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The long,dark journey


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The Benzo road is a long, dark,frightening one. I am alone, walking on that empty stretch right now. I have been taking small steps these last 8 months, even longer, as my severe side effects began in February last year, though I was still on the drug. Hesitatingly I place one foot in front of the other. I am terrified I will fall as I can't see what's ahead. The faint light that flickers occasionally dims and darkness descends again. I look back and it's pitch black. I can see nothing. What is behind me is my 20 odd years which I have lost to Valium dependence. Those were the years I existed not lived. The battling I had with gigantic waves of turbulence and fear every moment of my life not knowing it was because I was an addict. The more whirlpools I encountered in my life. The more Valiums I took thinking this was my solace, my companion, my friend. It numbed me from my unemotional, abusive ex husband, it helped me not to break down with grief when my brother I was caring for died of cancer. It shielded me from confronting my own mortality when I had cancer. Little did I know this little pill was destroying the core of my very existence.

 

My family shunned me. My brother thinks I am insane and dangerous. My friends avoid me. Who wants to know someone whose behavior is erratic?  My two sons think I am a dysfunctional mother they can't rely on. My husband tries to understand me but at the start he didn't. When I first had an attack and threw things he hit me. He even barricaded the bedroom once in the night and wouldn't let me in. I have tried to kill myself several times because living was hell. I just wanted to end this torment that mocked at me. I have been to over 15 odd psychiatrists and they all gave me that look that said I was deranged. I ended up with one psychotic prescription after another. Valium was slowly poisoning me and no one told me it was a benzo withdrawal. I would scream, cry. roll on the floor, hit myself, throw things, bang my head repeatedly on the wall until I was broken, exhausted, crumpled. When I was in a mood I could remember things my husband said about his past, he was a very liberal person, and sentences would get stuck in my head until I was crazy with hysteria. It was as if I was possessed.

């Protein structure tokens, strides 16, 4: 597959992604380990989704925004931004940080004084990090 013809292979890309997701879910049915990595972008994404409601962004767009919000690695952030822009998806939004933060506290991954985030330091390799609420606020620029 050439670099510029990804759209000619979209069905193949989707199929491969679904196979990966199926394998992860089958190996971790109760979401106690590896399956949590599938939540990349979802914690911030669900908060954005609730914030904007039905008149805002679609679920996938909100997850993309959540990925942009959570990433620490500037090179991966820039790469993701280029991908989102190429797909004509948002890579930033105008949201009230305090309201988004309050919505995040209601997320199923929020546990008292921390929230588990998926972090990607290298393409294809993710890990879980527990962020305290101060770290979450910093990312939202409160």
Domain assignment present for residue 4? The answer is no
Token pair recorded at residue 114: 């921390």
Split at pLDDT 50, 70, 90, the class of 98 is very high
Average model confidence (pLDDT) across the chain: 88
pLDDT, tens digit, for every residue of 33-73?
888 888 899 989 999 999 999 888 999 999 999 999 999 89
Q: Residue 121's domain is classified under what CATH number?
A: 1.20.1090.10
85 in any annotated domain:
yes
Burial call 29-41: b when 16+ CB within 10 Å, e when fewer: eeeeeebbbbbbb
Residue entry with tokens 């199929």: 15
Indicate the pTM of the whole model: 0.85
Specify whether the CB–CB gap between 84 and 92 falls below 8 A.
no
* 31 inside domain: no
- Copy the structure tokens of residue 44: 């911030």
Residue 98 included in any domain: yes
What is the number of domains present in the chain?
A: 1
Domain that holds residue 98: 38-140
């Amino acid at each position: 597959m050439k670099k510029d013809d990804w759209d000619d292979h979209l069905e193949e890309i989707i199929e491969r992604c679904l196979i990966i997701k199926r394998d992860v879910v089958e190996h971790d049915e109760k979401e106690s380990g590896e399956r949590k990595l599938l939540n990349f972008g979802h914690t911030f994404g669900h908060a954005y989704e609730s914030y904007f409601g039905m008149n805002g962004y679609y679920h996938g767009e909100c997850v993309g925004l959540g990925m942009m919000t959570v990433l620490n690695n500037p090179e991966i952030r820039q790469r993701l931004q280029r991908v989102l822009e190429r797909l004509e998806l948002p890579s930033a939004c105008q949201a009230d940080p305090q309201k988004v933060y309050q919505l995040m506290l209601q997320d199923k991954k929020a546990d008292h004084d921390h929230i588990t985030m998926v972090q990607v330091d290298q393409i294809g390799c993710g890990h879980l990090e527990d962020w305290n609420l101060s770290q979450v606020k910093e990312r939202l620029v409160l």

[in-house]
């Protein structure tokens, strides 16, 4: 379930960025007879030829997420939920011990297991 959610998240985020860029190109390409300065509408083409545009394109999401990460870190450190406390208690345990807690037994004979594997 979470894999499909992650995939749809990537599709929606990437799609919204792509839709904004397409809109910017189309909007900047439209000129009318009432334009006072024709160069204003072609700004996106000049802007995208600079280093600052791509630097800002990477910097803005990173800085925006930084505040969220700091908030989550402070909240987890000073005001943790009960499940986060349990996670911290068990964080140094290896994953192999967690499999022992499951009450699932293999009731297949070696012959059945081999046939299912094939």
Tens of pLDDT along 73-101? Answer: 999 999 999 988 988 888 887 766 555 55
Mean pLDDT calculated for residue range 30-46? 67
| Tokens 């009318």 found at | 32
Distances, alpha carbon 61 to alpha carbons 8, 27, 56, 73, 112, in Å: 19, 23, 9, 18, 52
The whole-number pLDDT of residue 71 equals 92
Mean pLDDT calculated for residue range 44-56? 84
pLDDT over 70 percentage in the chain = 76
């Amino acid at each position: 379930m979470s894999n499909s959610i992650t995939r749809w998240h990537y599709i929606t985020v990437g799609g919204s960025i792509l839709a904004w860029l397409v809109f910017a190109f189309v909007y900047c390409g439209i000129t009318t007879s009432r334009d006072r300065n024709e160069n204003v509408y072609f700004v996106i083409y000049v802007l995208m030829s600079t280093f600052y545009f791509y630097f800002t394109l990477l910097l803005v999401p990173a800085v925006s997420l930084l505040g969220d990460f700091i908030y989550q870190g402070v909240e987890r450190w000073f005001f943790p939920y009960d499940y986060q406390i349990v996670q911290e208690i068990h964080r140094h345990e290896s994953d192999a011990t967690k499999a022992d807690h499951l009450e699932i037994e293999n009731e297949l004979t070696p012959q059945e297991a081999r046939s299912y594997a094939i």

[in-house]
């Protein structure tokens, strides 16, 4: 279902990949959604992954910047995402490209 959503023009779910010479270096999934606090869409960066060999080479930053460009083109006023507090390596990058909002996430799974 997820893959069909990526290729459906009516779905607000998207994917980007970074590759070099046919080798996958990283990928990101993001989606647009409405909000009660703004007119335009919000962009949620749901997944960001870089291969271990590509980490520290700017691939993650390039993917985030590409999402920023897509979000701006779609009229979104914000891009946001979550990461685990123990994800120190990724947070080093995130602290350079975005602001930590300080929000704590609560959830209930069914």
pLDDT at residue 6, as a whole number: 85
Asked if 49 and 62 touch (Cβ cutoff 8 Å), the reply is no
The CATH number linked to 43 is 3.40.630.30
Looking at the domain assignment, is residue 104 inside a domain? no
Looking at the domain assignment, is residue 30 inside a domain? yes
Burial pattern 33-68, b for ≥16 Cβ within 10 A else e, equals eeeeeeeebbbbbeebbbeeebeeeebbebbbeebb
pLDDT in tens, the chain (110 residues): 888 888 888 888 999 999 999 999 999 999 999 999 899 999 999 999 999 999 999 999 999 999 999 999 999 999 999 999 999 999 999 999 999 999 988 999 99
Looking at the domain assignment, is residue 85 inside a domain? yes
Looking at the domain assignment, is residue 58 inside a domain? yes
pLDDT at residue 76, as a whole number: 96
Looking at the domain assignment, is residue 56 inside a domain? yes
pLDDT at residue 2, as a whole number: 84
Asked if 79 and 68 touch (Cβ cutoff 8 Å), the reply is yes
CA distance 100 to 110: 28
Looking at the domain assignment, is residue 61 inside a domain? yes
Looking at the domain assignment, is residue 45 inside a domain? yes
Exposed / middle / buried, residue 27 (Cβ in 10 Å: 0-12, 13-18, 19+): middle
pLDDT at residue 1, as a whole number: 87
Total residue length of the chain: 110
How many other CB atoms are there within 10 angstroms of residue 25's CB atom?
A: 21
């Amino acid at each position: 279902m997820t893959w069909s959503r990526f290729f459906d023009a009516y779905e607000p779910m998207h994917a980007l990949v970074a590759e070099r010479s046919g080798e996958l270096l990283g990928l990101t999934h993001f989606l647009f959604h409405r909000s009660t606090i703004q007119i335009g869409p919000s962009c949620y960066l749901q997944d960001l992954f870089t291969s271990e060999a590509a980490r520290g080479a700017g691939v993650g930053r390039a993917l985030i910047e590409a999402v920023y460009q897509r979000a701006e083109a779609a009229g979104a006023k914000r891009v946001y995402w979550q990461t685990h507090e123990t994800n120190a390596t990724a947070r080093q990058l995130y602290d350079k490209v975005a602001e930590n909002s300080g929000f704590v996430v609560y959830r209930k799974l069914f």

Three months ago I had 25 rounds of radiation for a local recurrence. Maybe my body was trying to give up the will to live. My fight is a lonely one. I feel depressed a lot lately. I cry most of the time. My window sometimes opens a little and I catch glimpses of the blue sky, a ray of shimmering sunshine and then it suddenly closes and I am plunged into darkness again. I have been robbed of happiness, lost the vitality of life, missed out on many meaningful things which will never come back again and I weep.

 

I read your letters and I derive immense strength from them. It's a relief to know I am not alone. I am determined to put my foot in front of each other and walk. No matter how long it takes or how hard. Maybe there will be days when its to dark and frightening for me to move, but I will wait till the light returns and resume my journey.

 

My thanks to you for being my inspiration. Hugs and love.  :hug:

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Through all your pain and suffering over the years you have managed to think positive and now your taken the necessary steps in order to have a better happier future! You are definitely a strong woman!!! :thumbsup:
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The body wants to heal itself. As long as you are putting one foot in front of the other, you'll keep moving forward, and eventually things will clear, brighten, improve.

 

I too lacked motivation, enthusiasm for life, etc. Every day was a challenge to simply cope. It was very lonely. The forum was a great comfort but also had stories that terrified me. My friends stood by, not able to understand. My husband is a rock, fortunately. I threw such a hissy when he suggested that I let the withdrawal get the best of me, he went back to simply standing by quietly. What few family I told were like my friends, supportive but unable to really understand. Benzo withdrawal is very isolating.

 

Hope is the essential ingredient, and you have it. Once you are better and feeling good again, I'm hoping your children will take inspiration from what you achieved.

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